Eventually, the Cleveland Freenet would grow out of St. Silicon’s Hospital, as what started as a medical advice bulletin board grew to contain forums on all sorts of topics, and eventually, an early Internet Relay Chat (IRC) client and pathway out to the greater internet as a whole. Once logged into the Cleveland Freenet, you could connect to any number of early internet connected systems, running all kinds of early community based software. Universities often had publicly accessible servers running MUDs and MUSHes — community programmed and maintained text based predecessors of the large, modern MMORPGS that have become a highly lucrative industry today. Because of Cleveland’s public access to the internet through the Cleveland Freenet — access which, at the time, was restricted to universities, businesses and government — a number of early developers and engineers were connected and sharing ideas globally, way before Stack Exchange, YouTube and Wikipedia.

Check out that lovely ASCII Terminal Tower!

It was through a connection I made on the Cleveland Freenet that I found my first job in Cleveland as a web developer. I had the great pleasure to work for Ron Copfer at Copfer and Associates. Ron is an industry pioneer who has had an exceptional career in technology in the city of Cleveland. In the late 1990s, if you searched for ‘web development’ on Yahoo or Google in Netscape Navigator, The Cleveland-based Copfer and Associates would float to the very top of the list.

It was very easy to fool those search engines back in the early days of the world wide web. By repeating the key words you wanted the spiders to index in a really, really small and invisible font on the very bottom of the page, you could fool the search engines into indexing your website at the very top of the search results. It was a hack that brought our little Cleveland based web development firm to the attention of Microsoft, where we had the opportunity to present a project involving early active server pages and Microsoft NetShow – a predecessor to Microsoft Media Player.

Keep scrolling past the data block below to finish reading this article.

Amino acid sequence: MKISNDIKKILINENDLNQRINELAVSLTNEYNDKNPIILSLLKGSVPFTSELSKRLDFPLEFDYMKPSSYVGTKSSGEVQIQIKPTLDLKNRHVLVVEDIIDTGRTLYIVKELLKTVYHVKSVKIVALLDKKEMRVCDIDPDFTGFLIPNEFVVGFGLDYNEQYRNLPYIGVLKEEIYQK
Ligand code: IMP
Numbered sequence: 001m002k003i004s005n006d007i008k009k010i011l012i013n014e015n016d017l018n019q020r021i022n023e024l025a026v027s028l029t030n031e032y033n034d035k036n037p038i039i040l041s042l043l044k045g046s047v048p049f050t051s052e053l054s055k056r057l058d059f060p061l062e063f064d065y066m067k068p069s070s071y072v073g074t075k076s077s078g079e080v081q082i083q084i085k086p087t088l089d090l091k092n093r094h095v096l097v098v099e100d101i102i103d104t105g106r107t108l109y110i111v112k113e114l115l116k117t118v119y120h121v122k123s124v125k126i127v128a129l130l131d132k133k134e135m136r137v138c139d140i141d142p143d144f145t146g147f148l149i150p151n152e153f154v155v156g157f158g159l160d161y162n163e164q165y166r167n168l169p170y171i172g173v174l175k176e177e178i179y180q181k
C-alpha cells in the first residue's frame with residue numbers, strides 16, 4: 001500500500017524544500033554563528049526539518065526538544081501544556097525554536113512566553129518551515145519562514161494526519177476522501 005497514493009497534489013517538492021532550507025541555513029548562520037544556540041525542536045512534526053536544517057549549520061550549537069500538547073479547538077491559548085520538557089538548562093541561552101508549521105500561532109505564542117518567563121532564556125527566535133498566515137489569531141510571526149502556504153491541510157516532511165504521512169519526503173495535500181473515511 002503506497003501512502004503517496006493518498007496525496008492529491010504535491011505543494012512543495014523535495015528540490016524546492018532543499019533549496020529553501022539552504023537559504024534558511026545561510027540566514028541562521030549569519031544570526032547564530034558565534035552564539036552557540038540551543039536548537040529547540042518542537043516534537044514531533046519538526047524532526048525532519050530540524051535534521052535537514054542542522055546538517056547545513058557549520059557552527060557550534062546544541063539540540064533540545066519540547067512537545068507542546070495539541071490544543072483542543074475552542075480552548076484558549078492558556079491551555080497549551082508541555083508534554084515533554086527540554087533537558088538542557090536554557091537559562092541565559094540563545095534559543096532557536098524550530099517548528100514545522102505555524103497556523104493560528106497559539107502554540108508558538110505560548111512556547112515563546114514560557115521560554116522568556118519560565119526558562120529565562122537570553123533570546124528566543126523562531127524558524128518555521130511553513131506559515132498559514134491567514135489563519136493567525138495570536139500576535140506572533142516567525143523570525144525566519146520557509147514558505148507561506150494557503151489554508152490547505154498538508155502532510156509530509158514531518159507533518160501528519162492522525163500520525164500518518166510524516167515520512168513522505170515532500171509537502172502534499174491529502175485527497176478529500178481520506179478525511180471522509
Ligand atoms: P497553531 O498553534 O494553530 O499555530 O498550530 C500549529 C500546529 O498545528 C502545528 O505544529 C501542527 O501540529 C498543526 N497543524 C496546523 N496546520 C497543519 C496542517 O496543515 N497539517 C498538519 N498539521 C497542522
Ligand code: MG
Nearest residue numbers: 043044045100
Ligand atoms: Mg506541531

Because of the attention that Copfer and Associates and other similar Cleveland based web development firms received at that time, little internet based start up companies began to spring up all over the city of Cleveland. Most of them failed, but for a period of time Cleveland had more internet based businesses than any other city west of New York and east of Chicago.

Cleveland also has a rich technology history in its media and news organizations. Cleveland.com was one of the first community based websites to incorporate articles from the Associated Press and the local newspaper/news outlets. Cleveland.com also had a rich online community forum, local movie listings, and a community maintained recipe database. All of which were new and innovative ideas that sprouted roots in Cleveland.

The people that worked for Cleveland.com in the late 90s/early 2000s are still connected today. All of them are holding influential positions in the industry. One of those former Cleveland.com employees has gone on to be a global leader in IT.

What makes Cleveland special in IT is that we are truly a community of like minded individuals with great resources, great history, and a shared passion for what we do. We remember everyone we’ve worked with and everything we have learned along the way.

Recently, I’ve had the opportunity to become one of the Women Who Code Cleveland Directors, and I’ve been able to meet and learn from other female engineers through our Cleveland branch of Women Who Code. We have a great IT community here in Cleveland; it is an honor to be part of it.

When I read articles like this one claiming that Cleveland could be the next technology hub, I would like to remind everyone that Cleveland has always been a technology hub — we’ve just kept it on the down low.